Rob and Kari Olson

Rob Olson farms with his two daughters, Kari and Nicole, near Hawley, Minn., in Clay County. They raise corn, soybeans and wheat using no-till and cover crops.

Fertility is a challenge with no-till, but the Olson’s have developed ways to get the nutrients their crops need.

The Olsons apply 28 percent N with their planter, and 10-34-0 is put on with the seed. Their John Deere 1895 Air Drill has mid-row banders to put down P and K also. They inject hog manure and follow with a field finisher to level out the soil and plant radish, flax and/or oat seed as cover crops.

“We soil test every third year, and we are getting more to feeding the soil than just an individual crop,” Kari said. “It seems like the consistency is better up and down the hills, and those spots are getting more consistent that way.”

They have spread refined chicken manure on the surface for more P and K, but they still have some problems with flies and odor.

“We might go back to putting P and K down with the no-till drill,” Rob suggested.

Corn is planted in 20-inch rows, and most of the equipment is 40 feet, except for their corn head. While the Olsons do not strip-till, they use auto-guidance on the tractor and a moveable hitch on the planter that is GPS controlled to minimize soil disturbance. They work very hard at keeping their seed bed soft and mellow. They purchased a large grain cart, but they generally only fill it half full and drive on the same tracks across the fields.

The Olsons started out planting no-till soybeans 17 years ago, and they moved to all no-till farming about 5-6 years ago. They’ve seen changes to their soil structure, with increased water infiltration. In 2019, they harvested all of their corn in the fall and they had no prevent planting acres this spring.

“We had hardly any ruts, “ Kari said. “Trackability has been huge, and we didn’t have any drown-out spots last year.”

Over time, the weed spectrum has changed on the Olson farmland. Dandelions are a challenge. Planting Xtend beans has helped, as well as maintaining wheat in the rotation. According to the internet, Roundup Ready 2 Xtend soybeans have dicamba and glyphosate herbicide tolerance. Before Xtend was available, the Olsons used Roundup and 2,4-D in the fall that was absorbed by the perennial dandelion taproots as it died back in the fall.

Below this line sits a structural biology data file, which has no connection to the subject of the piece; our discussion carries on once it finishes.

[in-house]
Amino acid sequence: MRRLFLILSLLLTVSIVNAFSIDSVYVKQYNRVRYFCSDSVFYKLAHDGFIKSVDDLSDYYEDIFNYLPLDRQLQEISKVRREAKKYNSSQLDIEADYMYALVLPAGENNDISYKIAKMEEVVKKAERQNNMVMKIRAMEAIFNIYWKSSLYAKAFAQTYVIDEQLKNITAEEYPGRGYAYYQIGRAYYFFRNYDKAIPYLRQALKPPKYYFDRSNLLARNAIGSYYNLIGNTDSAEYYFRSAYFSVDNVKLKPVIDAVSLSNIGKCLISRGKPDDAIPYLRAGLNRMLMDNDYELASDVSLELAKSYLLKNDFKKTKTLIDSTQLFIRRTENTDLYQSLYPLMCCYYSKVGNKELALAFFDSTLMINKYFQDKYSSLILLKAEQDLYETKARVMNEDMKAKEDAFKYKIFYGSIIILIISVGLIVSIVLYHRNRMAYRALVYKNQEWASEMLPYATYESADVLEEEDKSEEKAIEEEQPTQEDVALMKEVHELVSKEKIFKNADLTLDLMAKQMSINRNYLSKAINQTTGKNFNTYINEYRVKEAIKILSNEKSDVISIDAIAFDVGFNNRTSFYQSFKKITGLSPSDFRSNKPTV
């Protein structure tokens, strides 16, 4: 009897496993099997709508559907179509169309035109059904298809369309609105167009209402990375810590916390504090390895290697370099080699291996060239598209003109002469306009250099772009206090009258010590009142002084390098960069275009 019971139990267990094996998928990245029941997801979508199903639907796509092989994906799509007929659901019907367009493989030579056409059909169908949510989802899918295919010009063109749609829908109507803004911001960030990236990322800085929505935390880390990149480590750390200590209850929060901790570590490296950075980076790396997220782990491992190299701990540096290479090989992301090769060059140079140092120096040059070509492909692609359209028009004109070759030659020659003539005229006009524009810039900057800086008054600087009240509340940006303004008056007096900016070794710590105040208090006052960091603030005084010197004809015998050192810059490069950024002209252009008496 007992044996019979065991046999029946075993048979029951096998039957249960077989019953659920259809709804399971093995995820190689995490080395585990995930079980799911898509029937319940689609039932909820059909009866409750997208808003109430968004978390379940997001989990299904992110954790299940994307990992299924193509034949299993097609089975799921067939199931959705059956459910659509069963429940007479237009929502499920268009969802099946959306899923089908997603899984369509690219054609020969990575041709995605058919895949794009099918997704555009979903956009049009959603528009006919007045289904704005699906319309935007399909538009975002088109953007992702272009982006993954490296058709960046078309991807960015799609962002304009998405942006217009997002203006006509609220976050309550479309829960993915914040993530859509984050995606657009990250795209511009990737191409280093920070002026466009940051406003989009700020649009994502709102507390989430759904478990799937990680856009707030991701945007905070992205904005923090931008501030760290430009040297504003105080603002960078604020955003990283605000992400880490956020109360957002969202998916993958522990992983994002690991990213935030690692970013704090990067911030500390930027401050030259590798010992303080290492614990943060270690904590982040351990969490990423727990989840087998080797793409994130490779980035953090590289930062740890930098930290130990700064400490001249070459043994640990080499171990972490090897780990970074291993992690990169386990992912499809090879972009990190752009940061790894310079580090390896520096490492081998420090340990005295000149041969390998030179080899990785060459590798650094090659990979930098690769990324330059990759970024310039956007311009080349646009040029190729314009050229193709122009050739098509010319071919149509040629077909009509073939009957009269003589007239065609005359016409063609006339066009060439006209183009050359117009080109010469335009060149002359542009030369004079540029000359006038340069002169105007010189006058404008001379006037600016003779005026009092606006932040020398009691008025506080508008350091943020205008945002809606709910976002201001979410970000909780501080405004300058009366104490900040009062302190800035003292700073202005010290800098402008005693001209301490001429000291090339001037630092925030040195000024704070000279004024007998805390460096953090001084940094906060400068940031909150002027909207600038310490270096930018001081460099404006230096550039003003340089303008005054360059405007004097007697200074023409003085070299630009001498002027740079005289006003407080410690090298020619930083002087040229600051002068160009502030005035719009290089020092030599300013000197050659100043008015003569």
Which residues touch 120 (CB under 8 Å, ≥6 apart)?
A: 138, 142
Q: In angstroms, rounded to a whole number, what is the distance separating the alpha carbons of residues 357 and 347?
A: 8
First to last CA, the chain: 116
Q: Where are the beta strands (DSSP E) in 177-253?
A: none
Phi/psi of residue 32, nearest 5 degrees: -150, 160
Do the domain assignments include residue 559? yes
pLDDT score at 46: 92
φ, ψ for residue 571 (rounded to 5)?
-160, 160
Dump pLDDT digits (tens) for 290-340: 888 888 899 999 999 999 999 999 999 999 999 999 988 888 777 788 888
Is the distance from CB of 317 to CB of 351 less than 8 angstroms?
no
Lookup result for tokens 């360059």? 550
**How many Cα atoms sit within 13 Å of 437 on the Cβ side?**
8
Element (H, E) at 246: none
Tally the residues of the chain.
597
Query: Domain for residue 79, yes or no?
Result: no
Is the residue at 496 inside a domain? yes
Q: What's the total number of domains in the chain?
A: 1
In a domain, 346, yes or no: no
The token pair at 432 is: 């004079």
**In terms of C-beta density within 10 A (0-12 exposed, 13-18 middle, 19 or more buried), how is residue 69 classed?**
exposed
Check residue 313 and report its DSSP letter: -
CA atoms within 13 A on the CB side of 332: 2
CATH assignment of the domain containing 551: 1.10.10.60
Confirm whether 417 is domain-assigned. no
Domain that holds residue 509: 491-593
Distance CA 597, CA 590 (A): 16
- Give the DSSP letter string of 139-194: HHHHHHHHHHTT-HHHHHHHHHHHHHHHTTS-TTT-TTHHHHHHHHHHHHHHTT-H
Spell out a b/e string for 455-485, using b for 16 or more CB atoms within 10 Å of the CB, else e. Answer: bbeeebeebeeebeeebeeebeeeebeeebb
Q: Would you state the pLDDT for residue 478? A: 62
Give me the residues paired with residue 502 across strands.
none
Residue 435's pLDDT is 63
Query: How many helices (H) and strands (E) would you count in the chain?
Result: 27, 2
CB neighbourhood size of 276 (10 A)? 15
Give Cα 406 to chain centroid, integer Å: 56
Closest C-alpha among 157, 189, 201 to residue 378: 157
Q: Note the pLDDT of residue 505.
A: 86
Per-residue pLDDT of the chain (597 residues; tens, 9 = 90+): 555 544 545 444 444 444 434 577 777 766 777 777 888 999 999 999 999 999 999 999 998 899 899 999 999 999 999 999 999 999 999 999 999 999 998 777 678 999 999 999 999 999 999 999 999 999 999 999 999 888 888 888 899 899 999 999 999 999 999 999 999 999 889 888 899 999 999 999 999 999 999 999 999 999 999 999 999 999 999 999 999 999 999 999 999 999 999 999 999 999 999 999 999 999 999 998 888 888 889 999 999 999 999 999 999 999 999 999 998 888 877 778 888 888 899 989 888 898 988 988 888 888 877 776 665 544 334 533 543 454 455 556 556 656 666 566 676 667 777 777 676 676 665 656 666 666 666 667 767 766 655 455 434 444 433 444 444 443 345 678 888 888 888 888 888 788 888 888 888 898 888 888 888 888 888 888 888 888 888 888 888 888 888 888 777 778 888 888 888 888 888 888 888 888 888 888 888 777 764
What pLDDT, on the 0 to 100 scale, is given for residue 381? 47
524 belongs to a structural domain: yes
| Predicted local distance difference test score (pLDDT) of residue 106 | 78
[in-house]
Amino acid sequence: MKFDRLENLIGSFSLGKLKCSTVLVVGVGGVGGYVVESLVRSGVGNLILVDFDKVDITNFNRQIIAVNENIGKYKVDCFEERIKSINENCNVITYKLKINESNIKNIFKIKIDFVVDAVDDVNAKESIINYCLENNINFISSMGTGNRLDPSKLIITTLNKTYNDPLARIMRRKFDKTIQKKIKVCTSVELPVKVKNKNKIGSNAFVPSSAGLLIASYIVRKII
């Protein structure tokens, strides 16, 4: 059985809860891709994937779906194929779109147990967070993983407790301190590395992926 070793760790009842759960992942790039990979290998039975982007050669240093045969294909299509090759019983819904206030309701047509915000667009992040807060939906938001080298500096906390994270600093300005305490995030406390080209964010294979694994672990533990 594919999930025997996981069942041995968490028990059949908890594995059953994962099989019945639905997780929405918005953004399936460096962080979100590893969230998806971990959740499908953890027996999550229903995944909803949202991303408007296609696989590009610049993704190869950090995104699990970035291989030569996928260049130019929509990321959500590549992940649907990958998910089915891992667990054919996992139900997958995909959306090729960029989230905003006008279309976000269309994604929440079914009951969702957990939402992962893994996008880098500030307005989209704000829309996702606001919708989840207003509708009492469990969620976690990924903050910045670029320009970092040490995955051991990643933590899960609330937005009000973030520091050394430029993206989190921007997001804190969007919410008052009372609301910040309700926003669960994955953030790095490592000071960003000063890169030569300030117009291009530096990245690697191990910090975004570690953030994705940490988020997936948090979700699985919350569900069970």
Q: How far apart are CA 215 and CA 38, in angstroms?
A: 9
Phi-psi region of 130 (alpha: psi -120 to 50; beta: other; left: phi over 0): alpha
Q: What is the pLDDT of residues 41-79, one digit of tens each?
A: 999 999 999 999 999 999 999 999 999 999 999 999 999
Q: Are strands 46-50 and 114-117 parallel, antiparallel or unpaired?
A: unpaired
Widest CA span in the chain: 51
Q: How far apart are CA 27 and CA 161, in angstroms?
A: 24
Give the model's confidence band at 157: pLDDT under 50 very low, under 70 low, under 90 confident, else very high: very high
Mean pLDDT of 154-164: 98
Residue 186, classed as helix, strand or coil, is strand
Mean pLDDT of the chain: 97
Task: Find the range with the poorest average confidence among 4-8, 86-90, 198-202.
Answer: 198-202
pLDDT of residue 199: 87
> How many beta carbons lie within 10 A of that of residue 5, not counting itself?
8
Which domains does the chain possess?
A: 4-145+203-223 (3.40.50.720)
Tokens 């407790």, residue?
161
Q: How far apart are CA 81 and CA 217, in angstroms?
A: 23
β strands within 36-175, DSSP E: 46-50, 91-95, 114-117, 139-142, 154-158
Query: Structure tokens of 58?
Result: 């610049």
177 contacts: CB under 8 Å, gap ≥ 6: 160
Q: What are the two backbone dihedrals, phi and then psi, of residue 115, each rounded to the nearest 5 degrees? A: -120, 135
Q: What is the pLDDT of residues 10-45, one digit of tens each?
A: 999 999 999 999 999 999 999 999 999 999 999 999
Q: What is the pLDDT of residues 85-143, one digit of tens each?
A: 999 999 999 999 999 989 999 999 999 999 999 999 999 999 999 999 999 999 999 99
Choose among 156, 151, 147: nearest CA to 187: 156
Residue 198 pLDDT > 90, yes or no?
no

They are also looking forward to using a strip header, which is ordered, for small grains next year. The stripper takes off the grain heads but leaves the stems/stalks standing.

“With no-till, we don’t use a chopping head, and that’s the same theory with the stripper head,” Rob said. “The stalks are up high, so you don’t get that mat on the ground, and the sun can warm the soil a little bit faster.”

Scott Olson

Farming north of Appleton, Minn., Scott Olson uses strip-till and ridge-till to raise corn and soybeans.

When he makes his strips in the fall, he applies P and K, and once temperatures move below 50 degrees F in the fall, he will apply N.

“What we don’t get done, we side dress, or top dress over the top,” he said. “We have mostly ridge-till, so I am planting on the same ridge every year. We are going to do some strip-tilling this year, and we’re just going to move over 3-4 inches off the soybean row and try that.”

The rich clay loam soils of this region are needed for global food production, but weather extremes make it difficult to farm. Laid bare to gather heat and raise crops in a noncompetitive environment, the soil is often eroded and lost.

“We have to be really careful with our soil, because honestly, it’s some of the best soil in the whole world,” DeJong-Hughes said. “You cannot rebuild it, and you don’t want to lose it.”

About the cover: Soil Health Expo exhibitors included Environmental Tillage Systems, Kuhn, Orthman, Rantizo and StripTillForYou. Photo by Andrea Johnson.